Author Posting. © American Geophysical Union, 2014. This article is posted here by permission of American Geophysical Union for personal use, not for redistribution. The definitive version was published in Geochemistry, Geophysics, Geosystems 15 (2014): 4093–4115, doi:10.1002/2014GC005387.
We present multiple lines of evidence for years to decade-long changes in the location and character of volcanic activity at West Mata seamount in the NE Lau basin over a 16 year period, and a hiatus in summit eruptions from early 2011 to at least September 2012. Boninite lava and pyroclasts were observed erupting from its summit in 2009, and hydroacoustic data from a succession of hydrophones moored nearby show near-continuous eruptive activity from January 2009 to early 2011. Successive differencing of seven multibeam bathymetric surveys of the volcano made in the 1996–2012 period reveals a pattern of extended constructional volcanism on the summit and northwest flank punctuated by eruptions along the volcano's WSW rift zone (WSWRZ). Away from the summit, the volumetrically largest eruption during the observational period occurred between May 2010 and November 2011 at ∼2920 m depth near the base of the WSWRZ. The (nearly) equally long ENE rift zone did not experience any volcanic activity during the 1996–2012 period. The cessation of summit volcanism recorded on the moored hydrophone was accompanied or followed by the formation of a small summit crater and a landslide on the eastern flank. Water column sensors, analysis of gas samples in the overlying hydrothermal plume and dives with a remotely operated vehicle in September 2012 confirmed that the summit eruption had ceased. Based on the historical eruption rates calculated using the bathymetric differencing technique, the volcano could be as young as several thousand years.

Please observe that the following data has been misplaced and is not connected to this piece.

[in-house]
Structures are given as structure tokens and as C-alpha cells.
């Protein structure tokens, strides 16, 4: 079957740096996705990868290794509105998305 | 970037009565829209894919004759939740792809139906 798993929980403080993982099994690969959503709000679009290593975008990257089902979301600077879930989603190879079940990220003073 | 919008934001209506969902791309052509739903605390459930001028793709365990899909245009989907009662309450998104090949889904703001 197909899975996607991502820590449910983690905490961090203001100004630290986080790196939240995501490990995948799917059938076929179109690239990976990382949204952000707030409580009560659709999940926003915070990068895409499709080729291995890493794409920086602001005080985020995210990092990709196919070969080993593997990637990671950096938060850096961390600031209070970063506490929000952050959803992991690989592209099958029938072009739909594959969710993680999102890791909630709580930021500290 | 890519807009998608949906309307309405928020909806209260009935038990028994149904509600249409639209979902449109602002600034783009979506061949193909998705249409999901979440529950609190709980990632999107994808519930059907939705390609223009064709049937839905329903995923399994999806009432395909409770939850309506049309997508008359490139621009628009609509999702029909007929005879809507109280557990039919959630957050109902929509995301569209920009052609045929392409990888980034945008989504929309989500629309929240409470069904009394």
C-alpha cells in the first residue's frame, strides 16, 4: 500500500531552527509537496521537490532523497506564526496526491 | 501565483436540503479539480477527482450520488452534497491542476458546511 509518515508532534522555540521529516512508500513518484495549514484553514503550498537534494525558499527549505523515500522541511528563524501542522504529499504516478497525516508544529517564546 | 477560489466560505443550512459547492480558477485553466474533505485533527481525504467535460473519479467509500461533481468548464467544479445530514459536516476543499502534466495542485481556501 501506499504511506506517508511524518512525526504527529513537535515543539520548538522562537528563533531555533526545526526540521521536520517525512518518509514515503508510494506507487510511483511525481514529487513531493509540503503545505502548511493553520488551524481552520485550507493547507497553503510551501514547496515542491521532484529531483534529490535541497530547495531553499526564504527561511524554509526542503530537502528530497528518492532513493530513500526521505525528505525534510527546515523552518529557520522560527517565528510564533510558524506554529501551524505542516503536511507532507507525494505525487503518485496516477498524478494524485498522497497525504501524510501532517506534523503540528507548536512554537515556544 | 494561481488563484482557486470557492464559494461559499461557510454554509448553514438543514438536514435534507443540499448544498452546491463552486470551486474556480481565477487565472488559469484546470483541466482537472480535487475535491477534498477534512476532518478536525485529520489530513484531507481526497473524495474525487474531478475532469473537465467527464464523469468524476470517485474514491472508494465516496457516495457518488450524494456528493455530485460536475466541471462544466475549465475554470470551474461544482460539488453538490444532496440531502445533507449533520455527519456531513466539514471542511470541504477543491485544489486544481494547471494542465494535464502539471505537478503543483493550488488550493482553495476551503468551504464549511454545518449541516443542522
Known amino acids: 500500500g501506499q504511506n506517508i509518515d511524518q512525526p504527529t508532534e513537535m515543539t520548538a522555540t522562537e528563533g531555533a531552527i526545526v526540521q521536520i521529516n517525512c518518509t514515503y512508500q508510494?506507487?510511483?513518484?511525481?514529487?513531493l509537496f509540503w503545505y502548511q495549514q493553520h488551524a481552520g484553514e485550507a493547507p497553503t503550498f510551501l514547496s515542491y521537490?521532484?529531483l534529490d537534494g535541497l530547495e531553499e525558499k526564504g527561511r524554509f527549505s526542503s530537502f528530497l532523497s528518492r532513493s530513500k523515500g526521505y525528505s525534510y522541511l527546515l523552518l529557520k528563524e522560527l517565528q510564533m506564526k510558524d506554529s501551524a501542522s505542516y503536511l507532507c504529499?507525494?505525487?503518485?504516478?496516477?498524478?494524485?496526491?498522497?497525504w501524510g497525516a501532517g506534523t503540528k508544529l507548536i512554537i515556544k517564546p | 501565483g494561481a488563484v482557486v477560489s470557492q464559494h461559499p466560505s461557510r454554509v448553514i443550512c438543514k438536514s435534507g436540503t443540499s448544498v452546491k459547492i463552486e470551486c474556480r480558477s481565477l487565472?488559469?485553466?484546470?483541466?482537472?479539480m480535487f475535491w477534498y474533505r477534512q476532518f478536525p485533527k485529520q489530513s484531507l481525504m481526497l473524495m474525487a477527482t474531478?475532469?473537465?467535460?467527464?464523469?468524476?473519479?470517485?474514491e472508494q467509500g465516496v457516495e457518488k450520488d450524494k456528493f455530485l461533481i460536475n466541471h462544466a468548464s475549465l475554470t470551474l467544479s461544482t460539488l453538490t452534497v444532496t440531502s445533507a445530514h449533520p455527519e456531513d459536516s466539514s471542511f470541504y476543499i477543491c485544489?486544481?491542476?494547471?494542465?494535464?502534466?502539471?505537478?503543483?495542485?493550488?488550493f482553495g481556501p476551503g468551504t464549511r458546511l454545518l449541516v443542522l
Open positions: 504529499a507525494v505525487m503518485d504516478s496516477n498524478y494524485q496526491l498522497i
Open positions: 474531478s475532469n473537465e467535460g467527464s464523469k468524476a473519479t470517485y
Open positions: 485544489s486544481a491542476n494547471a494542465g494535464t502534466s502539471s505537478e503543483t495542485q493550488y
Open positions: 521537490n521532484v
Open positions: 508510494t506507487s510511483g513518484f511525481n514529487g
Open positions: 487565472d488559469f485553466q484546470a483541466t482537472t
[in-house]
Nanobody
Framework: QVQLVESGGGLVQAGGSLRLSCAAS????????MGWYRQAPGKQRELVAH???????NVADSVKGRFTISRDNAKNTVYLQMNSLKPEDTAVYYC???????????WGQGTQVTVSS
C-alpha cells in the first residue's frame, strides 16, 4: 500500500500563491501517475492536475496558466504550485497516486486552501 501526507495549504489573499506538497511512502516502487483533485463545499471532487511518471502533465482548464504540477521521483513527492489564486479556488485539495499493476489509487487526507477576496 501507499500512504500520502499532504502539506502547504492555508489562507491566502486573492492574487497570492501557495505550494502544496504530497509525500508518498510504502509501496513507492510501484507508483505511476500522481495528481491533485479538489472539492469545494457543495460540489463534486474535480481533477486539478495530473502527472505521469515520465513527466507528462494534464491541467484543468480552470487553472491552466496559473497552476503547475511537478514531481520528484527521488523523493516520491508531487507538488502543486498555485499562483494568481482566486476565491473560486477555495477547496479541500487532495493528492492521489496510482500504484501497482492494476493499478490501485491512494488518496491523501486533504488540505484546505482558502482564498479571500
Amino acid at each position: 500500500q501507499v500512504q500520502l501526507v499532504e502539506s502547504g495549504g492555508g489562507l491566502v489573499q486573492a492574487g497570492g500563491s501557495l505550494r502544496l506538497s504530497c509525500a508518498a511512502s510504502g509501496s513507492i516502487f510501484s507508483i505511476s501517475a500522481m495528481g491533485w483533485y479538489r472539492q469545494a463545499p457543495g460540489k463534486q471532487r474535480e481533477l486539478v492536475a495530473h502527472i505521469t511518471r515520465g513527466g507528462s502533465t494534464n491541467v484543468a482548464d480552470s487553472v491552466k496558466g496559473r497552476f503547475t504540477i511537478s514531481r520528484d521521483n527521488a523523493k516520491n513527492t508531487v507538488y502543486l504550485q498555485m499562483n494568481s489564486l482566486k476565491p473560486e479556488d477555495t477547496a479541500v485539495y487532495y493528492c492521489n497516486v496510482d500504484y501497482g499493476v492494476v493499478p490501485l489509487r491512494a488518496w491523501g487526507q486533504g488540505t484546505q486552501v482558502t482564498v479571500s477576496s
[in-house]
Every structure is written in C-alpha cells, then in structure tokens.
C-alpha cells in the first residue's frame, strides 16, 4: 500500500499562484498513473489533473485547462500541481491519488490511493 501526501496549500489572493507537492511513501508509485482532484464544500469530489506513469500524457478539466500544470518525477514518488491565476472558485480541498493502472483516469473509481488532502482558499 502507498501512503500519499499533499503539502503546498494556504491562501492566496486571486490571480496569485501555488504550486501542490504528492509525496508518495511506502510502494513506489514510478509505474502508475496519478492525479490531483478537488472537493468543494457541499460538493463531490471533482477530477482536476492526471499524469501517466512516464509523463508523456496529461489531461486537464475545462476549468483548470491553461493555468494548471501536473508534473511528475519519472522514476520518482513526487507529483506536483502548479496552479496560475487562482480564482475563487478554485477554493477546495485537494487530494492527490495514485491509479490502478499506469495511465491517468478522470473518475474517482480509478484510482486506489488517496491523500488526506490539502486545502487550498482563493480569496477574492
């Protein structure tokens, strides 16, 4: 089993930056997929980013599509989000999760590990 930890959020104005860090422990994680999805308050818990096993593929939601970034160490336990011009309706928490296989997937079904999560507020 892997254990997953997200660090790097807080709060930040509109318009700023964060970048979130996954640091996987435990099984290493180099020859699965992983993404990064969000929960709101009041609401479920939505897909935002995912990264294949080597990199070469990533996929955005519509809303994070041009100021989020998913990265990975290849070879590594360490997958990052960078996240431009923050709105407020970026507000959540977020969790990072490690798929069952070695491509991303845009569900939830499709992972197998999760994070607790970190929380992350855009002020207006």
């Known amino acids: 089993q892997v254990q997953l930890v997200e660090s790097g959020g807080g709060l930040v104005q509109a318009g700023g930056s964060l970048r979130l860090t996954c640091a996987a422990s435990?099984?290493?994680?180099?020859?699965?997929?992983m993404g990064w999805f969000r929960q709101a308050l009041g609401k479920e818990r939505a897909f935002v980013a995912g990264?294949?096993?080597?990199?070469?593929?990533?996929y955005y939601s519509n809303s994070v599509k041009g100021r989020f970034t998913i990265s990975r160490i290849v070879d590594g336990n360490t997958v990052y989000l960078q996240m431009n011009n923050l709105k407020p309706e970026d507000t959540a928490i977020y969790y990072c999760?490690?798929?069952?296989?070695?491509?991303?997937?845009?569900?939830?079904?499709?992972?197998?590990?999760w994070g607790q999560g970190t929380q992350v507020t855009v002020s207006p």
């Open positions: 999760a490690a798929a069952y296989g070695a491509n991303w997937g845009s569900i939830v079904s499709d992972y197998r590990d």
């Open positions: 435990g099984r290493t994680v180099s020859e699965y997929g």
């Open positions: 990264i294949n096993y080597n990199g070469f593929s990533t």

Support for R.W.E. during this study was by internal NOAA funding to the NOAA Vents Program (now Earth-Ocean Interactions Program). The NSF Ridge 2000 and MARGINS programs played a major role in the planning and justification for the 2009 rapid response proposal that funded the May 2009 expedition. MBARI provided support and outstanding postprocessing of the multibeam bathymetry from the D. Allan B. AUV multibeam sonar used in this study. NSF also provided major funding for the 2009 expedition (OCE930025 and OCE-0934660 to JAR) and for the 210Po-210Pb radiometric dating (OCE-0929881 and for the 210Po-210Pb radiometric dating (OCE-0929881 to KHR)). The NOAA Office of Exploration and Research provided major funding for the 2009 and 2012 field programs.
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